As far as I remember, there isn't much information given with the Xbox Community Developer Program. I originally wanted access to this information, but the application process takes a looooong time and they still haven't gotten back to me. I applied a few years back. I don't know if they're including anyone else in the program at this time. Therefore, I took matters into my own hands and started reverse engineering different ways to get the information I wanted.
I started off with writing a scraper in PhantomJS that sends all required fields to the login form and downloads the HTML/JSON once logged in. This worked for a while, but the way I built it, it was downloading an entire profile and storing the entire thing into an XML or JSON file. For people with 100+ games, this was very slow. I began looking for other methods of getting into xbox.com shortly after that.
The developer of xboxapi.com, djekl, and I are good friends since a few years back. Scraping is effective, but it's also daunting because if something changes in the HTML/JSON, things break. I have gone through several redesigns of my Xbox scraping library.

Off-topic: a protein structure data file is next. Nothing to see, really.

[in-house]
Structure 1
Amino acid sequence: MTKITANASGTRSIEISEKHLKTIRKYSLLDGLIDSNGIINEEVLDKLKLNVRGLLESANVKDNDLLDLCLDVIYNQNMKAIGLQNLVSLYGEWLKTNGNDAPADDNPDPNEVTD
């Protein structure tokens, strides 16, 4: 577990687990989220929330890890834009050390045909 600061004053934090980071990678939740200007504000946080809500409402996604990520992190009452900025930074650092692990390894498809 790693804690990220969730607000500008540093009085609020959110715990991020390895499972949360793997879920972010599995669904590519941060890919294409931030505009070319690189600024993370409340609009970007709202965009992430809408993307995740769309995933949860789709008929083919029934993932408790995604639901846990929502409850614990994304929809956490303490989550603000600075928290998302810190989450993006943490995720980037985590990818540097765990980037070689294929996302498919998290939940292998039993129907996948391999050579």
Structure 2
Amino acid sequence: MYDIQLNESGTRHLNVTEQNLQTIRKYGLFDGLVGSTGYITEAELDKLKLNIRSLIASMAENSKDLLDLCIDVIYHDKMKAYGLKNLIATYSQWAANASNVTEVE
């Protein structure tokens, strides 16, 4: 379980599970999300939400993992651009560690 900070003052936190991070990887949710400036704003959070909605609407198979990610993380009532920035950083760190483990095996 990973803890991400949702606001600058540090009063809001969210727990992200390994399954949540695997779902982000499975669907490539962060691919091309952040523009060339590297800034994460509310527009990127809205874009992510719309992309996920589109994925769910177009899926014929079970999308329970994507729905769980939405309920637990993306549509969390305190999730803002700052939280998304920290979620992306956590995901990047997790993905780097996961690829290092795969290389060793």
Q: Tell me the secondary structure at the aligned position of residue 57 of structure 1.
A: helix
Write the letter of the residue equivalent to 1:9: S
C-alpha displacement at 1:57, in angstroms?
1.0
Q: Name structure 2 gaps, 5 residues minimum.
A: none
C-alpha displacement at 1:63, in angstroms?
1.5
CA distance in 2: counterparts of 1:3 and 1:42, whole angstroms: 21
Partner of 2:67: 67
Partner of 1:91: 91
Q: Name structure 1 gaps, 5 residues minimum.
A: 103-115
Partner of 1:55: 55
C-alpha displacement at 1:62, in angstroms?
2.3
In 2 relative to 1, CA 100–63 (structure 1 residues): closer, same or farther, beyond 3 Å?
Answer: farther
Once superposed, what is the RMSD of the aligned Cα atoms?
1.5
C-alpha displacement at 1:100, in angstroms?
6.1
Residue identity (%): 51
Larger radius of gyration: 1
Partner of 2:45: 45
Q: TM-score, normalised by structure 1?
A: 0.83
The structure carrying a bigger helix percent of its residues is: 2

You'll need an HTTP library capable of capturing cookies from responses and sending them back in the next request. In PHP, cURL is quite good at doing this. I've noticed that in C#, the built-in HTTP library doesn't properly store the cookies between requests so you need to either manually manage the cookie header or use a .NET wrapper for libcurl such as LibCurl.Net.
Something else to consider is that xbox.com doesn't provide Xbox One data so you'll need to go other routes to get that data.
I wish you best of luck on your project. It's a shame that we can't get an open API for this data from Microsoft. Maybe even a subscription based model would work if they were concerned about costs incurred by thousands of requests an hour to the API from different applications.